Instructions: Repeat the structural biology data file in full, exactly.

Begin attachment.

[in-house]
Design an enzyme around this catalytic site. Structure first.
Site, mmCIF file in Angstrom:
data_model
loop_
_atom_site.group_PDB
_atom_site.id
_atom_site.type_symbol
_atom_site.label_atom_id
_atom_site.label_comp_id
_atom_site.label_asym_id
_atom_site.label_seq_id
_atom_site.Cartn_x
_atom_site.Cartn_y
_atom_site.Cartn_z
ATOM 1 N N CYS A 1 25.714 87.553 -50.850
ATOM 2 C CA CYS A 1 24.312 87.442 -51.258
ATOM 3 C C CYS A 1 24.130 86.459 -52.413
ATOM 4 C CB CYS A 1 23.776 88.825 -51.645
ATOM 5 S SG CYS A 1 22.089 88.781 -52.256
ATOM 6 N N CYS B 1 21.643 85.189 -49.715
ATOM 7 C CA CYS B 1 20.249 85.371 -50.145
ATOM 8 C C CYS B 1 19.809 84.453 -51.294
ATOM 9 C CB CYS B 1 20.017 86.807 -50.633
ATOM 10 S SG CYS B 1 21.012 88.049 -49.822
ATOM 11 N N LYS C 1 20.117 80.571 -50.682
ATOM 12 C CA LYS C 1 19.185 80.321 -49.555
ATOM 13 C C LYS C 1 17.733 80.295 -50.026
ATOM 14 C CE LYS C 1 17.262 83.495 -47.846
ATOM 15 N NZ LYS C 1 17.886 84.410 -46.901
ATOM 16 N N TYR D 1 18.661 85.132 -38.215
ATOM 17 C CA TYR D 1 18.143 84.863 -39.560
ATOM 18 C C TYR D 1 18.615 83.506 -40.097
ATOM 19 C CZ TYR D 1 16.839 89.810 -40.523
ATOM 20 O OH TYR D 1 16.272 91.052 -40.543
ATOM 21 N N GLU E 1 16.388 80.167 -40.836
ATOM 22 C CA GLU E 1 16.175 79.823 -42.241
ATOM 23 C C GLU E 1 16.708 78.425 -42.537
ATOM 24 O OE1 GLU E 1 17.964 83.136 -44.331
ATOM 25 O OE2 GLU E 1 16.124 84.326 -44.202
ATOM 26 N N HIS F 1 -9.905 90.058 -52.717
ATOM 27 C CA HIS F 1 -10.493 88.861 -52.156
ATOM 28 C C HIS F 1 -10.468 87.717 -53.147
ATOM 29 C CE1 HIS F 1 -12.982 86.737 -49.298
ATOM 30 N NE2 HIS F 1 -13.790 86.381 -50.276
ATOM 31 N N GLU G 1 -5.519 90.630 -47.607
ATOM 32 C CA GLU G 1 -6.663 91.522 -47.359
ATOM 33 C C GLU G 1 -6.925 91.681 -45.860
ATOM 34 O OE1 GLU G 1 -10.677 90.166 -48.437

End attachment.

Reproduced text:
[in-house]
Design an enzyme around this catalytic site. Structure first.
Site, mmCIF file in Angstrom:
data_model
loop_
_atom_site.group_PDB
_atom_site.id
_atom_site.type_symbol
_atom_site.label_atom_id
_atom_site.label_comp_id
_atom_site.label_asym_id
_atom_site.label_seq_id
_atom_site.Cartn_x
_atom_site.Cartn_y
_atom_site.Cartn_z
ATOM 1 N N CYS A 1 25.714 87.553 -50.850
ATOM 2 C CA CYS A 1 24.312 87.442 -51.258
ATOM 3 C C CYS A 1 24.130 86.459 -52.413
ATOM 4 C CB CYS A 1 23.776 88.825 -51.645
ATOM 5 S SG CYS A 1 22.089 88.781 -52.256
ATOM 6 N N CYS B 1 21.643 85.189 -49.715
ATOM 7 C CA CYS B 1 20.249 85.371 -50.145
ATOM 8 C C CYS B 1 19.809 84.453 -51.294
ATOM 9 C CB CYS B 1 20.017 86.807 -50.633
ATOM 10 S SG CYS B 1 21.012 88.049 -49.822
ATOM 11 N N LYS C 1 20.117 80.571 -50.682
ATOM 12 C CA LYS C 1 19.185 80.321 -49.555
ATOM 13 C C LYS C 1 17.733 80.295 -50.026
ATOM 14 C CE LYS C 1 17.262 83.495 -47.846
ATOM 15 N NZ LYS C 1 17.886 84.410 -46.901
ATOM 16 N N TYR D 1 18.661 85.132 -38.215
ATOM 17 C CA TYR D 1 18.143 84.863 -39.560
ATOM 18 C C TYR D 1 18.615 83.506 -40.097
ATOM 19 C CZ TYR D 1 16.839 89.810 -40.523
ATOM 20 O OH TYR D 1 16.272 91.052 -40.543
ATOM 21 N N GLU E 1 16.388 80.167 -40.836
ATOM 22 C CA GLU E 1 16.175 79.823 -42.241
ATOM 23 C C GLU E 1 16.708 78.425 -42.537
ATOM 24 O OE1 GLU E 1 17.964 83.136 -44.331
ATOM 25 O OE2 GLU E 1 16.124 84.326 -44.202
ATOM 26 N N HIS F 1 -9.905 90.058 -52.717
ATOM 27 C CA HIS F 1 -10.493 88.861 -52.156
ATOM 28 C C HIS F 1 -10.468 87.717 -53.147
ATOM 29 C CE1 HIS F 1 -12.982 86.737 -49.298
ATOM 30 N NE2 HIS F 1 -13.790 86.381 -50.276
ATOM 31 N N GLU G 1 -5.519 90.630 -47.607
ATOM 32 C CA GLU G 1 -6.663 91.522 -47.359
ATOM 33 C C GLU G 1 -6.925 91.681 -45.860
ATOM 34 O OE1 GLU G 1 -10.677 90.166 -48.437